Having a regular settings check for your precious items of jewellery is periodically essential, to ensure that stones are secure within their settings.
Of course, a diamond will last forever but, items of jewellery such as engagement rings that are normally worn continuously, are everyday encountering situations where they are being knocked or brushed against.
Wearing an item on a regular basis makes it more susceptible to wear and tear, affecting the settings or mounts that hold stones in place; this gradual attrition can weaken the settings leading to the stone becoming loose with the danger of it being lost. A settings check can help guard against this. Of course, jewellery insurance like ours at Assetsure can guard against the loss of a stone but it can never replace the sentimental value attached to an item.
Jewellery Insurers are aware of this weakening over a period of time and thus for jewellery over a certain value, they often, as a condition of a policy wording, insist that you have a settings check carried out by a qualified jeweller on a regular basis, the time scale, is usually every couple of years.
Types of Jewellery Setting
A jewellery setting or mounting is used in the construction of an item and is used to hold a stone or stones securely in place. Settings are used in many different types of jewellery such as rings, pendants, and earrings.
Settings usually have a metal base and as well as being used to hold stones in place, they have a second use and that is to enhance the ring and the beauty of the stones being used. If you have purchased an expensive diamond, you will want to make sure that any setting used in a ring will enhance the appearance of the stones. There are many different types of jewellery settings, including:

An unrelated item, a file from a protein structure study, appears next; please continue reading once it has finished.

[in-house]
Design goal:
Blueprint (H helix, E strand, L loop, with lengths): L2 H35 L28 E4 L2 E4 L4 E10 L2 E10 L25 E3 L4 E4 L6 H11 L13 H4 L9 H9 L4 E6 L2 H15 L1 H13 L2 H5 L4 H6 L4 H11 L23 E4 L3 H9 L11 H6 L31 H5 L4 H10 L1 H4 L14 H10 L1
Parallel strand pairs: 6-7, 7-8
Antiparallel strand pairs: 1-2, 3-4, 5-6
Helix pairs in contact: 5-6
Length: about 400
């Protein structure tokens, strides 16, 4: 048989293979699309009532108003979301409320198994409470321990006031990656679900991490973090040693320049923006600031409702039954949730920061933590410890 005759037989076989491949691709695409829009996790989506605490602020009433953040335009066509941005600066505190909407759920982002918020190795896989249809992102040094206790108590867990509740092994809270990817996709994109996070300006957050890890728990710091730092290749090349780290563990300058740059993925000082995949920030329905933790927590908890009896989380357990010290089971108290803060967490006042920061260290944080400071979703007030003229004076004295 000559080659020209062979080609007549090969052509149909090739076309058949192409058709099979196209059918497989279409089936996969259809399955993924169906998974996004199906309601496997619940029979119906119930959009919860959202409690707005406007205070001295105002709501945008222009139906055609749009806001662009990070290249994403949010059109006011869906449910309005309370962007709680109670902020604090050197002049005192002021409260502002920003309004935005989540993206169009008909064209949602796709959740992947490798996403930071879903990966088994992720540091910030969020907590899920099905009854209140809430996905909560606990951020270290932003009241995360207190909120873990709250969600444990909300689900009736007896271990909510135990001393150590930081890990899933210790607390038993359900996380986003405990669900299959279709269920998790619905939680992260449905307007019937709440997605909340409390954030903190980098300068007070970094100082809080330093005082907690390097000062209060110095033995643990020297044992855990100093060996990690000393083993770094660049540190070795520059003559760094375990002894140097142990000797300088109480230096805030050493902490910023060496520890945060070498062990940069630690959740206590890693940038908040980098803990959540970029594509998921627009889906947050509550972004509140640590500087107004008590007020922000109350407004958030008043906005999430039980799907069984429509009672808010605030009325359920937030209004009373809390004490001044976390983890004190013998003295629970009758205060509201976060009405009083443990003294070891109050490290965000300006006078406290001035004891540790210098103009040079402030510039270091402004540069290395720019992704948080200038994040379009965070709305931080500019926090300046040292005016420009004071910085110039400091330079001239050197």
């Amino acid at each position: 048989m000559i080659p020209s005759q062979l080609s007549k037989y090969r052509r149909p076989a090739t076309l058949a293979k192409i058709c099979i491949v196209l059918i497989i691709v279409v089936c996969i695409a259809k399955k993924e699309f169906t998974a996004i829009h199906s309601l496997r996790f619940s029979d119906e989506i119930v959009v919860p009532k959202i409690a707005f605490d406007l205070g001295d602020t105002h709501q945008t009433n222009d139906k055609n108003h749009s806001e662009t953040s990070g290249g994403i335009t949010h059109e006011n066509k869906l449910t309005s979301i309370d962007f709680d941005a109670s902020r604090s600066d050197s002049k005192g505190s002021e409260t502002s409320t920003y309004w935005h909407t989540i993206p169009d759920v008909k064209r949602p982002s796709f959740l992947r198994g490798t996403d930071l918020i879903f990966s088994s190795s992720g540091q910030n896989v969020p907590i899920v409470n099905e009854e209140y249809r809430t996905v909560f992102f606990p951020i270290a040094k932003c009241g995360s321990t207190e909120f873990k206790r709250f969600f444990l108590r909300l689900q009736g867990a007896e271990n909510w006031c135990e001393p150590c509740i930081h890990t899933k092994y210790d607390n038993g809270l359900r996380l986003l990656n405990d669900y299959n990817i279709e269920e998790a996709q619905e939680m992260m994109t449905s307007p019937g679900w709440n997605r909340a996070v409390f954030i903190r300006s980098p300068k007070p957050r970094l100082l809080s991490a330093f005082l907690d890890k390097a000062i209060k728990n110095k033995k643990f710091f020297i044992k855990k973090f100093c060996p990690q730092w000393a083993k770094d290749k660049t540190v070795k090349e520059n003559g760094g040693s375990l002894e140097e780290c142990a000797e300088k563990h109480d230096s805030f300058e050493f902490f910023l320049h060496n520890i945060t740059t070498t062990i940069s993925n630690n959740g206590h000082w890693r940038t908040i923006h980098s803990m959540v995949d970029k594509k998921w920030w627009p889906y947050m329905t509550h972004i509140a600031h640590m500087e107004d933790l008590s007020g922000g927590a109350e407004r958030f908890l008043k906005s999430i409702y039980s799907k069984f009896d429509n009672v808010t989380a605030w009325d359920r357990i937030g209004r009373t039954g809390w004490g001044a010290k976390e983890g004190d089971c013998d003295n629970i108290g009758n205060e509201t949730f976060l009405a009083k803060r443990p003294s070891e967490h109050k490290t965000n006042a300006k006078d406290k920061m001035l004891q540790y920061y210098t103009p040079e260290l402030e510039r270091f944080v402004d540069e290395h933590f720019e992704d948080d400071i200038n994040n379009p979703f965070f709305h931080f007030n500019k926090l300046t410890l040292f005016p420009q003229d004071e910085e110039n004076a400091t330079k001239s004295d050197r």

- Bezel – A traditional jewellery setting technique which is used to set cabochon stones. Either a bezel wire or bezel cups can be utilised for the bezel setting technique in jewellery.
- Claw – A very recognisable stone setting type which is also referred to as the prong setting. This technique is where a diamond or coloured gemstone is set in between two or more claws. The technique allows as much light as possible to reach the stone in the item of jewellery.
- Channel – This is usually a wedding ring design and is ideal for adding a little extra design to your item of jewellery.
- Flush – A jewellery setting whereby the seat in the jewellery is the exact same size as the stone. When the item is created, there isn’t much room for error. This technique is fairly similar to the channel setting however it only focuses on using one stone.
- Grave Setting – Uses small stones that are held in place by very small prongs. It can help give the appearance of a large, encrusted diamond however it’s been placed together using loads of smaller stones.
And there are many more jewellery settings these are just a few.
There are many articles online which will inform you the difference between the different settings and will help you choose the one that best suits your needs. A jeweller who is making a bespoke ring for you, will of course, be able to give you guidance. They will also be able to advise you the merits of having a ring reconstructed using a different setting.
Having a settings check carried out
A setting check is relatively inexpensive, and most jewellers will be able to provide this service for you.
The jeweller can, if required, clean the item for you first and then check the settings after the cleaning. In some cases, it is also possible to have settings checked remotely using image enhancing software and this type of settings check service may suit you if it is not convenient to visit a jeweller.
However, if you are having a settings check carried out to satisfy the terms and conditions of an insurance policy, you will need to check with the insurers if a certain type of service is acceptable to them.
Reporting your Jewellery settings check
If your insurance policy contains a settings warranty, you may need to provide evidence that a check was carried out prior to a claim being settled. When the check has been completed, simply ask the jeweller to supply you with written dated evidence on their headed paper. This can then be forward to your insurer as evidence. Remember to make a diary note of when you will next need the settings checked again.
Assetsure provide Insurance for items of jewellery, you can insure a single item of jewellery or collections. We can also introduce you to firms that will be pleased to carry out a settings check for you.